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Monthly Archives: July 2017

Some Types of Colour Flowers to Garden

Salvia. This is a lovely purple flower that has a lot of green leaves at the base. They are part of the sage family and require little water to survive. Be sure to cut them down every now and then to keep them under control and neat.

Coneflowers. These daisy-like flowers come in an array of colours such as pink, purple, orange, yellow, burgundy, red and white. You can plant one colour or multiple colours to enhance your garden. They can also survive with little water.

Coreopsis. These are daisy-like flowers but are glowing bright in colour and have distinctive shaped petals. They come in red, yellow, and bright pink. If you have many of them together, they can add a burst of colour to your garden. They are perfect summer flowers and require little maintenance. The bright yellow is reminiscent of summer and makes you feel happy inside when you see them.

Bergenia. These flowers are bell shaped and purple in colour with large glossy leaves. These are beautiful winter flowers that can endure the cold weather. They require regular water, but they can still survive in low water conditions.

Sunset Strain. This is a bright pink or orange flower with white infused in it. It conjures up feelings of serenity and installs a feeling of happiness. The leaves are evergreen and they require little water to thrive.

Verbascums. These are dramatic vertical flowers that add a lovely colour to your garden and can grow up to a meter high. They can be found in purple, red, pink and white. They are persistent growers during winter too.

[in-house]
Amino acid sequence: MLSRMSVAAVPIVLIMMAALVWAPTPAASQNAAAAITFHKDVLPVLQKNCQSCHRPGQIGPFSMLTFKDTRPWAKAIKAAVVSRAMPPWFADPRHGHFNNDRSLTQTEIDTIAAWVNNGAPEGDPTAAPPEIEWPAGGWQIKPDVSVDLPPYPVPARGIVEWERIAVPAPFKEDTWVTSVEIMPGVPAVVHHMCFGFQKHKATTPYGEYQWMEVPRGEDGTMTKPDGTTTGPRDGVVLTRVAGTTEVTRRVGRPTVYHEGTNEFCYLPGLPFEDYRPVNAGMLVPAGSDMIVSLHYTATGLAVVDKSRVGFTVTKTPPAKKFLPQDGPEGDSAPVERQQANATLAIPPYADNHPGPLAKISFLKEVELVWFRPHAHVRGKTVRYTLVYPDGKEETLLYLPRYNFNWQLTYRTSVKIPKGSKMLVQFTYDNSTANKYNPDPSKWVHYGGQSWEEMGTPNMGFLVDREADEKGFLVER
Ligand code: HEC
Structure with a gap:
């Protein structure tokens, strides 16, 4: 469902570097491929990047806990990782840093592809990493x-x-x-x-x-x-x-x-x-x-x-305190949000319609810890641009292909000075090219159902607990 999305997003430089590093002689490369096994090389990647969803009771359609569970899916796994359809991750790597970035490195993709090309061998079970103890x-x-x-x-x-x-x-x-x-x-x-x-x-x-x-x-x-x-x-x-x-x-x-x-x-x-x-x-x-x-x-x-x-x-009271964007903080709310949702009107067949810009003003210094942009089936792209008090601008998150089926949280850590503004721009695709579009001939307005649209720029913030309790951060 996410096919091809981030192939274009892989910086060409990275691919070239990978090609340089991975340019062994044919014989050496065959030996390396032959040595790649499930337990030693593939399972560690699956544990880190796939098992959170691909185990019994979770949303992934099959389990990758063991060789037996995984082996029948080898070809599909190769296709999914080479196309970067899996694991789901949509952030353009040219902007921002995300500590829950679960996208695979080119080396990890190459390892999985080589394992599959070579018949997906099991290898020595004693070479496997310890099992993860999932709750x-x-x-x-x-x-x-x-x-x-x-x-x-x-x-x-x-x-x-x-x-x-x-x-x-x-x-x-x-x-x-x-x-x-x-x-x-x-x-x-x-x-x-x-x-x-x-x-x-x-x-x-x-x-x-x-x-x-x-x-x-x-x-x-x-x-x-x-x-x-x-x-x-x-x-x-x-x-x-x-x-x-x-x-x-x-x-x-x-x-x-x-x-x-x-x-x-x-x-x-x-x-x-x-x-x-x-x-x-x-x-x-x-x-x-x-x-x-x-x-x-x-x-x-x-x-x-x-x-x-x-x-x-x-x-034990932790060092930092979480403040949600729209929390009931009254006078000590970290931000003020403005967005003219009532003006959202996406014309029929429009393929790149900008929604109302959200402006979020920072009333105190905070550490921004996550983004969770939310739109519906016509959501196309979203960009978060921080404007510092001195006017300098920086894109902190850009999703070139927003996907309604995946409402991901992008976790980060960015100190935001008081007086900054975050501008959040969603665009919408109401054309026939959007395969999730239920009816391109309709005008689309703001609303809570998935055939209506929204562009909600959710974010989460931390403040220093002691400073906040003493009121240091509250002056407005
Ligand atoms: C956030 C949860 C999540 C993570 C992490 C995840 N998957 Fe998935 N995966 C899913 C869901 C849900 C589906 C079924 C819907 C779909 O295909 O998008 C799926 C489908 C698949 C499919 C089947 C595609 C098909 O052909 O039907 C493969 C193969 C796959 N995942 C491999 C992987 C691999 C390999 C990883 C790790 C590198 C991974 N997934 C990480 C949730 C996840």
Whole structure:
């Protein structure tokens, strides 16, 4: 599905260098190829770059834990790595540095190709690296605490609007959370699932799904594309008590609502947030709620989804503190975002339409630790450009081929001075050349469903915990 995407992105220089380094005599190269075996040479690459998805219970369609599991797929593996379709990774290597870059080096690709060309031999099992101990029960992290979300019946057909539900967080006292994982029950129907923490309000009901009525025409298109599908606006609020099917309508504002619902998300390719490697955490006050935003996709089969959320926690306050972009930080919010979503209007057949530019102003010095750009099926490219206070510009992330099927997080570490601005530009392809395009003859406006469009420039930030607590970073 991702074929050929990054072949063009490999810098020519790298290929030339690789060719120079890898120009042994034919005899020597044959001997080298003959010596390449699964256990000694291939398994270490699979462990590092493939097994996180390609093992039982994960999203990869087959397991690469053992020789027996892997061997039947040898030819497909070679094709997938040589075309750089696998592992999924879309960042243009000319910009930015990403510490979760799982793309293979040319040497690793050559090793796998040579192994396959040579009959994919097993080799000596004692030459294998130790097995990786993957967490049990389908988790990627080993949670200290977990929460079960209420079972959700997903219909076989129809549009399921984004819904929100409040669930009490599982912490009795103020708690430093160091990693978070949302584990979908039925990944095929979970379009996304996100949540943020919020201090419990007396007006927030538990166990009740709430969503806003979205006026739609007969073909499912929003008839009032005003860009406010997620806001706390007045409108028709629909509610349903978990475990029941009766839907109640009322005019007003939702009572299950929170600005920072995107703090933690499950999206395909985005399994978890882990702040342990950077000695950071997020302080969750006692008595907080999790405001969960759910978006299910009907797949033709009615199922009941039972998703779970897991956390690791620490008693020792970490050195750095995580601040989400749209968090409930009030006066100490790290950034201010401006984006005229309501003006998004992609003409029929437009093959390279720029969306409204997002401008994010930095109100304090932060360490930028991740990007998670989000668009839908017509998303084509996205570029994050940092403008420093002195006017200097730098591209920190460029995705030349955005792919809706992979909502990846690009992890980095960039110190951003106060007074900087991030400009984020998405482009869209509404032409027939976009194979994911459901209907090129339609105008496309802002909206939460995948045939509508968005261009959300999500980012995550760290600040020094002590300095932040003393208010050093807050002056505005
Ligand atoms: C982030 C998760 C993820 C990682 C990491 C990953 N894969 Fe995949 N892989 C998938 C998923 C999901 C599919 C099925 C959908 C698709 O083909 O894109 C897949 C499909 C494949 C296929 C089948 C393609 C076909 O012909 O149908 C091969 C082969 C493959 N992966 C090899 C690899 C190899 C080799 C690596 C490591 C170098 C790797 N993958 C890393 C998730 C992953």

Irrigate a Garden

A way of reducing evaporation is to add a thick layer of mulch to the ground when it is moist. Aim to make the layer about 10cm or so. The layer should be organic material such as compost or well-rotted manure or alternatively you could use a membrane designed for the purpose.

When using a watering can or garden hose, try to direct the flow of water to the base of the plant so that the roots can benefit. Keep the flow gentle so that the pressure of the water does not erode the soil leaving any roots exposed. Soil needs to be soaked well otherwise the water will just sit at the top of the ground rather than sink down to where it is needed.

Embedding tubes or reservoirs next to a plant can help get the water from a can to roots quickly thus using water in an efficient way. Home-made reservoirs can be made from cut-down soft drink bottles. Water-retaining crystals are good to use in pots and hanging baskets; add them to the compost when you are planting up.

Garden hoses can be wound onto a reel to keep them neatly tidied away. Make sure you buy one long enough to reach the end of your garden.

Using a seep hose can save a lot of time, especially if you have a large area given over to growing vegetables or flowers. This is a long pipe with a perforated surface that leaks water along its entire length. Seep hoses can be laid along the top of the soil or buried beneath it. They are especially useful in low tunnels where plants are sheltered from the rain and access to them is difficult.

There are also greenhouse irrigation systems that can be connected to a mains water tap or water butt. A timer controls the supply of water to drip feeders. These systems are especially useful for people who work long hours during the week or need to be away from home for many days at a time.